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Claims(18)
What is claimed is:
1. A method of controlling a display of a multi-field text string objects, comprising:
providing an interface to the multi-field text string object from a legacy control utilizing single-field text strings;
providing a connection in the interface to a grouping class for controls, wherein the grouping class implements option control methods concurrently configuring all member controls;
intercepting display requests from the control to the multi-field text string object at the interface, wherein the display requests request a string field contents of the multi-field text string object by a message sent to a controller; and
passing contents of a current display field for the multi-field text string object to the control utilizing the interface.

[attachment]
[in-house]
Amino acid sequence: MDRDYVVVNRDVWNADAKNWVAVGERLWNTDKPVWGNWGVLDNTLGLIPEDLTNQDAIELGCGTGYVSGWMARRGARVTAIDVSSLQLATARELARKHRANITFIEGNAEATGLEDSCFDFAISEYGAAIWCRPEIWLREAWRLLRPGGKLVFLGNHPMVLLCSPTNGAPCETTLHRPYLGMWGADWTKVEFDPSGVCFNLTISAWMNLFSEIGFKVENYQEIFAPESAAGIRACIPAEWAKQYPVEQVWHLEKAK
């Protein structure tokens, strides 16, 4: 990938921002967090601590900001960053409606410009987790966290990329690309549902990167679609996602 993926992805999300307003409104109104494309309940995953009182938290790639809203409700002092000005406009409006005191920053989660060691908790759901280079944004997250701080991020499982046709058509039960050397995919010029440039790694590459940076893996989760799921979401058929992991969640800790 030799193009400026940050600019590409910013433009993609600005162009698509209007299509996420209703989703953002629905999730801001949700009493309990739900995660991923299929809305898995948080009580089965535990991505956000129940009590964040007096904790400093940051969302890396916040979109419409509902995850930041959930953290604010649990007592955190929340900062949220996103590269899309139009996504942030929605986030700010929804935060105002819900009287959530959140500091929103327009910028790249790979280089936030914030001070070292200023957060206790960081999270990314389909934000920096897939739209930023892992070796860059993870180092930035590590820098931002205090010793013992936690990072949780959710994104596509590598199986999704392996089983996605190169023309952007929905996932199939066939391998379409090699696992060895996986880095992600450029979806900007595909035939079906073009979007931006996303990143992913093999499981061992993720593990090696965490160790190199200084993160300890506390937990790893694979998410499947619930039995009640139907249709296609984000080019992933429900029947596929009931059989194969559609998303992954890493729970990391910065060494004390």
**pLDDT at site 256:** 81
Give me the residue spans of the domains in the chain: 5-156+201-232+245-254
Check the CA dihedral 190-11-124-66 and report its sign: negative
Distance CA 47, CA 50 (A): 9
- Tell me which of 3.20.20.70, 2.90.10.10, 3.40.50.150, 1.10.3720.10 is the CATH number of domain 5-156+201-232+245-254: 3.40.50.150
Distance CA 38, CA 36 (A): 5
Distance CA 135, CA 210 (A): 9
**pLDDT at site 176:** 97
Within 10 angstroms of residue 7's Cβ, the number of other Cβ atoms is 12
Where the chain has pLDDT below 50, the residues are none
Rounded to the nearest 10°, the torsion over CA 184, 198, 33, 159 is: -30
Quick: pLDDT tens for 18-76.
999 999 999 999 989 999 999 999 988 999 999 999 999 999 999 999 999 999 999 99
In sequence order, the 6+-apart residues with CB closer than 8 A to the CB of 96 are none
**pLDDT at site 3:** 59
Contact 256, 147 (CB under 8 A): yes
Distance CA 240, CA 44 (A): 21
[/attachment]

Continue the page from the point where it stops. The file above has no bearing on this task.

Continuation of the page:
2. The method of claim 1, further comprising:
providing a specialized control for managing which field is the current display field of the multi-field text string object and for editing contents of a selected field within the multi-field text string object;
intercepting change requests from the control to the multi-field text string object at the interface, wherein the change requests request entry of a user-specified text string into the multi-field text string object; and
redirecting intercepted change requests to the specialized control.
3. The method of claim 2, further comprising:
entering the user-specific text string in the current display field of the multi-field text string object utilizing the specialized control.
4. The method of claim 2, wherein the step of intercepting change request form the legacy control to the multi-field text string object at the interface further comprises:
intervening in calls to a setText( ) method within the legacy control.
5. The method of claim 1, wherein the step of providing an interface to the multi-field text string object from a legacy control further comprises: